A roundup of today’s big stories in hyperlocal content, commerce, and technology.
Airbnb May Hire Former Square Exec Rabois as COO (Wall Street Journal)
Airbnb is in talks to hire Keith Rabois as its chief operating officer, according to people familiar with the matter, in the wake of his departure from a similar role at Square. Rabois, a longtime Silicon Valley executive, resigned from Square in late January, amid accusations of sexual harassment by an employee.
5 Strategies for SMBs Using Social Gifting Apps (Street Fight)
Translating Facebook fans and Twitter followers into actual sales is a challenge that even the largest brands are still working to overcome. To break through the clutter and get noticed, small businesses are increasingly using social gifting platforms to send gift cards and physical items to online fans. Here are five tips from the experts on what small businesses can do to ensure a high ROI on any social gifting promotions.
Nokia Opens Up Here platform With an Eye to the Future (GigaOm)
Nokia’s mapping and location-based services suite will be available on multiple platforms and open to third-party developers. This gives the company an OS-independent platform to exploit, and a chance to make the most of smart glass.
Voice Media Group Relaunches City Apps — Can Mobile Really Be Alt-Weeklies’ Salvation? (Street Fight)
Voice Media Group, which acquired 11 alt-weeklies around the country back in October, is re-launching its various cities’ mobile apps, which it hopes will become go-to listings and reviews guides for their local markets. According to Tiffany Shackelford, the executive director at the Association of Alternative Newsmedia, many alt-weeklies, like VMG, are beginning to understand the importance of mobile.
Why Big Brands Fell Out of Love with Check-Ins (Digiday)
The shine is now off the check-in. Consumers still use the functionality, but big brands aren’t pushing check-in programs with nearly the fervor they did three years ago. Brands like Starbucks called it quits with check-ins through third parties like Foursquare and Facebook, and they instead let consumers check in to their locations via its own branded app. Retailers like Target are doing the same.
After Selling To Google, Founders Buy DailyDeal Back (The Next Web)
In what seems a very unusual move, the founders of DailyDeal are buying back their company from Google after selling it to the search company just a year and a half ago. DailyDeal is a coupon promotional site much like Groupon, and was founded in Germany only four years ago. Google is said to have paid $114 million for the firm, but was reportedly getting ready to shut down the company down.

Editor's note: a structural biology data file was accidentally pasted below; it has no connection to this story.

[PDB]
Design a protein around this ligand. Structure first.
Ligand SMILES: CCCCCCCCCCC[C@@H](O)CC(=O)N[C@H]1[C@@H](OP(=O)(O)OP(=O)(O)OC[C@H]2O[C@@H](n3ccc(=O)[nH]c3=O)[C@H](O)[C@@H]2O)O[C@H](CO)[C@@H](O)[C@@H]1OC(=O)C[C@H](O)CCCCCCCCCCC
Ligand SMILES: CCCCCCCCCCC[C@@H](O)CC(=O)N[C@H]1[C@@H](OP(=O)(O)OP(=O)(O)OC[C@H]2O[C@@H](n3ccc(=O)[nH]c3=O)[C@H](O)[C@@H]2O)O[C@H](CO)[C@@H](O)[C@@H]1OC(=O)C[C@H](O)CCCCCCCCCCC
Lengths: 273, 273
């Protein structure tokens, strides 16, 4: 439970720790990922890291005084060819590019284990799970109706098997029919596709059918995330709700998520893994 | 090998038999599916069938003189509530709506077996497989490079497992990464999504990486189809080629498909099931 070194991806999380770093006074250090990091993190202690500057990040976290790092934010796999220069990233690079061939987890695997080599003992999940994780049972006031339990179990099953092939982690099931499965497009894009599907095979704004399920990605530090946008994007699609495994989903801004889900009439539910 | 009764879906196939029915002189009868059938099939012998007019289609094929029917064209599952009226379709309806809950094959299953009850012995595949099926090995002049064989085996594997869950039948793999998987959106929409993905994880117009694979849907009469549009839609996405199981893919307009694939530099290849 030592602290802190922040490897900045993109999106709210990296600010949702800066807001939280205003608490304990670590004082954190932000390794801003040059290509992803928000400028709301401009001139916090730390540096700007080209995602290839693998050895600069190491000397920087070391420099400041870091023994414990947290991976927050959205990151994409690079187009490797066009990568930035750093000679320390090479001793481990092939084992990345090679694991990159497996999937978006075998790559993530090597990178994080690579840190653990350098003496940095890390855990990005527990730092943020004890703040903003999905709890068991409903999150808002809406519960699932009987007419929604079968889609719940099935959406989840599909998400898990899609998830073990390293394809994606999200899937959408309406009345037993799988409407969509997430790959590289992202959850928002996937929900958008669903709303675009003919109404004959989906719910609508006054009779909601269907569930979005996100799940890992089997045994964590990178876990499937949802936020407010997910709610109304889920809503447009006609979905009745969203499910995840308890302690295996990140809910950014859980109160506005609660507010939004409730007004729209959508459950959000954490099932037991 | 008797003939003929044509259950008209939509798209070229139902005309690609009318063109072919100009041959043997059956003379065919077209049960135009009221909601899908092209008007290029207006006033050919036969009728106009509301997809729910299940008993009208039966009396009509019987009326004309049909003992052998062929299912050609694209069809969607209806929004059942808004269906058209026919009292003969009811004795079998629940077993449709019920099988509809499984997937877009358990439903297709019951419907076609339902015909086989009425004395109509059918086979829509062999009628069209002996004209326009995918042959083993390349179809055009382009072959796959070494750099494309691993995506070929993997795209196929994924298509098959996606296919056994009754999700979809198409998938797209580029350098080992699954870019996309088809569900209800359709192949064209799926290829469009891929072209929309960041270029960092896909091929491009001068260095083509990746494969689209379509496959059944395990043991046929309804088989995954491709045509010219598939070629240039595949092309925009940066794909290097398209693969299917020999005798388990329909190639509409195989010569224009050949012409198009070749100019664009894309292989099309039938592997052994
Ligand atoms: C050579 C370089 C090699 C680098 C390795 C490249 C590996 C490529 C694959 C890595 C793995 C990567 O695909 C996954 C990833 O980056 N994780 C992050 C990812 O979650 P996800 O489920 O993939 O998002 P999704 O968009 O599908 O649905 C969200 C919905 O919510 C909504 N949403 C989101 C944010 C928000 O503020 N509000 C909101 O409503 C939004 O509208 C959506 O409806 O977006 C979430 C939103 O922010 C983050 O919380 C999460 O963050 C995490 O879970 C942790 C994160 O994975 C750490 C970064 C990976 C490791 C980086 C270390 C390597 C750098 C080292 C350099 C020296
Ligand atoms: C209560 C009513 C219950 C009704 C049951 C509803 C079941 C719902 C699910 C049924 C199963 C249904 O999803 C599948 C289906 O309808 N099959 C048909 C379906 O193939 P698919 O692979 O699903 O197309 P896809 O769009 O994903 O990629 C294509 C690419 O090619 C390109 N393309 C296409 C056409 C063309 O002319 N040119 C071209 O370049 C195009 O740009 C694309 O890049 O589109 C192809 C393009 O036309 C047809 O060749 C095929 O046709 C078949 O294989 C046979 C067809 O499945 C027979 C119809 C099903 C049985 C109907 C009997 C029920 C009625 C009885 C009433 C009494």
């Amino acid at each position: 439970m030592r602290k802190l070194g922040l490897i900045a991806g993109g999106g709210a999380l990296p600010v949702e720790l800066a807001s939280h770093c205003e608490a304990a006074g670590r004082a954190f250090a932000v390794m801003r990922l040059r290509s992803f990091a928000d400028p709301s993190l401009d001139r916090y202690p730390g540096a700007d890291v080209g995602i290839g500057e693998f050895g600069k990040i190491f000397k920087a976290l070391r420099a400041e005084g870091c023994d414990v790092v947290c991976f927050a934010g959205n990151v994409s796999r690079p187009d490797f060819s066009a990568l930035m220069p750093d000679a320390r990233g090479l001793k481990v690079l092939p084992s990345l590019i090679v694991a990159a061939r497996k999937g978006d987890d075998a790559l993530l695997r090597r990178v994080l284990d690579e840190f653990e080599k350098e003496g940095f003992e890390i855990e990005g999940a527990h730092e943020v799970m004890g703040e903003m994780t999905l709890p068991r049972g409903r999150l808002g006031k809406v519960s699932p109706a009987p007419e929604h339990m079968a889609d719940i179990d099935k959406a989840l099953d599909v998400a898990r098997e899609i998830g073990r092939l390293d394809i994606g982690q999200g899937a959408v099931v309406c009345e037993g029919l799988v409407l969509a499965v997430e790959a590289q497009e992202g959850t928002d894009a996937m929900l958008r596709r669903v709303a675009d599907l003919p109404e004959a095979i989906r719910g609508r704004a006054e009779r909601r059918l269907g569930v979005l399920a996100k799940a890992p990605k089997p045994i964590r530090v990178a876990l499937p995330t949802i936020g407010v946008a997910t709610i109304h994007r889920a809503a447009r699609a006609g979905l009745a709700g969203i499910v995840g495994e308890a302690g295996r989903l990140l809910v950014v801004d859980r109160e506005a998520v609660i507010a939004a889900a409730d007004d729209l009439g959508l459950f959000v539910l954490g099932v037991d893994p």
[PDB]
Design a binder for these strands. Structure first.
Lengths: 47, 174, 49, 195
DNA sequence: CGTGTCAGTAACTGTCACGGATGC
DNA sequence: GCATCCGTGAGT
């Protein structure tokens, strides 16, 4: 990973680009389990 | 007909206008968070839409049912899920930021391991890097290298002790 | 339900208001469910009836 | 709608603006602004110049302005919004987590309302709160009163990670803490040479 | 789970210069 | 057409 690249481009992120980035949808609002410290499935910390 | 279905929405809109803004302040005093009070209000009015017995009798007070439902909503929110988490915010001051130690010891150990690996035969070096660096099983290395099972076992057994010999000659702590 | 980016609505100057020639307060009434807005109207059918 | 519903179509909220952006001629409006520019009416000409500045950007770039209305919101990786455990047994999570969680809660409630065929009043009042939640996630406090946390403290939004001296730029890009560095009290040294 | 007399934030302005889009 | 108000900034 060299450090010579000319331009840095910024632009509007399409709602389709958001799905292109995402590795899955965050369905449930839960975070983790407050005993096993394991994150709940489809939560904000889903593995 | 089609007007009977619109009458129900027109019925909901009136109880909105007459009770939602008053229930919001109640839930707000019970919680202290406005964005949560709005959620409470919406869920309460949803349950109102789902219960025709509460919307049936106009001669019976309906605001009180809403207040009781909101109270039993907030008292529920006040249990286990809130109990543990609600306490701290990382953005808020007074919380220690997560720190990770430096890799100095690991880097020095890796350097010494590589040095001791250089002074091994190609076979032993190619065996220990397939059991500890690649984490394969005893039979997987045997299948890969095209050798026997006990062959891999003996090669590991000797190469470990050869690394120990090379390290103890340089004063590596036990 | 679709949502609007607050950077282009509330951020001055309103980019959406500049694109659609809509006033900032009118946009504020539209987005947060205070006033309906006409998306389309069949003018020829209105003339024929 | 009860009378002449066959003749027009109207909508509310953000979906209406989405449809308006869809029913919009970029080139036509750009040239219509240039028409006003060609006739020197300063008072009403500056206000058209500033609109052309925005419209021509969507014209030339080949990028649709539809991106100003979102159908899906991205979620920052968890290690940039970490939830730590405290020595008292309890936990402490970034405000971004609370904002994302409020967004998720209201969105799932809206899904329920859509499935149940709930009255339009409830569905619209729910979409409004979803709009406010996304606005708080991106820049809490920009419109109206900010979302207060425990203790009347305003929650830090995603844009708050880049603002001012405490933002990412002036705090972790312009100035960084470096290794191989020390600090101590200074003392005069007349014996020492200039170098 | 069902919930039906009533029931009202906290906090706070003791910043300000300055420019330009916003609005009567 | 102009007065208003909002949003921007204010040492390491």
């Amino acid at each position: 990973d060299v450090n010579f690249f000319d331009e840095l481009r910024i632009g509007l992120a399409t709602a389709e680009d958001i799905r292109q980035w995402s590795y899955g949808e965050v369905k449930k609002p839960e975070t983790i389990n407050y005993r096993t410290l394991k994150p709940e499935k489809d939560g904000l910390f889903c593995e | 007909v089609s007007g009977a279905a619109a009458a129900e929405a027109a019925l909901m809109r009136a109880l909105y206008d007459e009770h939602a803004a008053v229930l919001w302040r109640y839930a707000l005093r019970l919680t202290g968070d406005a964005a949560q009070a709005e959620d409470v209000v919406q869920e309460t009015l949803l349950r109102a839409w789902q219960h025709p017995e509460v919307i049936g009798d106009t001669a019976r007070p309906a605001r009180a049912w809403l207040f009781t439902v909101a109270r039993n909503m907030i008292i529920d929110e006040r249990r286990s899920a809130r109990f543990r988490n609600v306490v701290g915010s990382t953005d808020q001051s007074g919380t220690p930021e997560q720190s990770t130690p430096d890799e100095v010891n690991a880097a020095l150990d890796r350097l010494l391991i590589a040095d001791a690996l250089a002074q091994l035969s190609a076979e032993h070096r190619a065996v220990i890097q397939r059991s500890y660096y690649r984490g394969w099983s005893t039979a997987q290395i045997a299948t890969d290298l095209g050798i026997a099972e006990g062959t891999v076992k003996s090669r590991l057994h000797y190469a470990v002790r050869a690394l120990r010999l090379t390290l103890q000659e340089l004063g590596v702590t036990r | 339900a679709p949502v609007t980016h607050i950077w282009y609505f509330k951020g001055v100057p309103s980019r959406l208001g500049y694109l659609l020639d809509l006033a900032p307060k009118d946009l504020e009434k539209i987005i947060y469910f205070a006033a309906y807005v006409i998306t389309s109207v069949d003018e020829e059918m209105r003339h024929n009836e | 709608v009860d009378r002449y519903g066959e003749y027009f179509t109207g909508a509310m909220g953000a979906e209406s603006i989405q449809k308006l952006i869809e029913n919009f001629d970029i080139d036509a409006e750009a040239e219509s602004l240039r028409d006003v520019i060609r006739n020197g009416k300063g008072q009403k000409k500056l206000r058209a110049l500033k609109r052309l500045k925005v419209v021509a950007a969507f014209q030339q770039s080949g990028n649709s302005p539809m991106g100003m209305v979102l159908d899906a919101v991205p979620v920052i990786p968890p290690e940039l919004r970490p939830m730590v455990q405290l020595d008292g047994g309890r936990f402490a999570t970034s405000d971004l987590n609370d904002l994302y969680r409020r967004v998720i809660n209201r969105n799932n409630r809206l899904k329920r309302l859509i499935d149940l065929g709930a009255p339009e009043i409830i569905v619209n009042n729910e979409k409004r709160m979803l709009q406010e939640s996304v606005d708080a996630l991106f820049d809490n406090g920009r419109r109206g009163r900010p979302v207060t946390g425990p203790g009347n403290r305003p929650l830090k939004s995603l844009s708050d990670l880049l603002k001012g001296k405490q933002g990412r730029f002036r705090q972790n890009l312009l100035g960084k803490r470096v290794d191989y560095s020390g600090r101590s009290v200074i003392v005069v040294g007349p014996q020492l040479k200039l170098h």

Facebook to Partner With Acxiom, Epsilon to Match Store Purchases With User Profiles (AdAge)
Facebook is testing out a new kind of ad targeting that will let brands market to users based on what they’ve bought offline, according to execs briefed on their plans. The social network is partnering with data giants including Epsilon, Acxiom and Datalogix to allow brands to match data gathered through shopper loyalty program to individual Facebook profiles, much like it’s done previously with marketers’ customer data from their CRM databases.
Google Quietly Rolls Out New Offer Extensions in AdWords (Search Engine Land)
Google is now rolling out Offer Extensions, their latest ad extension that lets AdWords advertisers post deal offers underneath a normal Google Search ad. Offer Extensions could be the nail in the coffin for Groupon, who has been struggling to stay afloat as their stock has plummeted.
Startups are Disrupting the Loyalty Industry (PandoDaily)
Gabe Zichermann: Sensing weakness in incumbents and the fragmentation of retail loyalty, dozens of startups aimed at transforming the industry have entered the market in the last decade but with mixed results. Their mistake was underestimating the inertia and myopia of traditional loyalty programs.
Why Local Commerce Will Be Larger Than E-Commerce For The Next Decade, An Analysis (TechCrunch)
Mike Ghaffary: While Marc Andreessen holds firm that e-commerce will completely overshadow physical retail, the debate missed why some industries will never go completely online. Some industries will have a hard time competing as more consumers embrace online shopping, but some industries will do just fine.
With Hyperlocal Forums on the Rise, Will They Replace or Complement Local News? (Online Journalism Review)
Hyperlocal efforts got an infusion of cash earlier this month, when the neighborhood social network Nextdoor scored $21.6 million from leading venture capitalists. The backers — led by Greylock Partners David Sze, who has invested in Facebook, LinkedIn, and Pandora — are betting that the platform for private, geographically based forums will be the next hot thing in local news and information and could even build community in neighborhoods across the country in the process.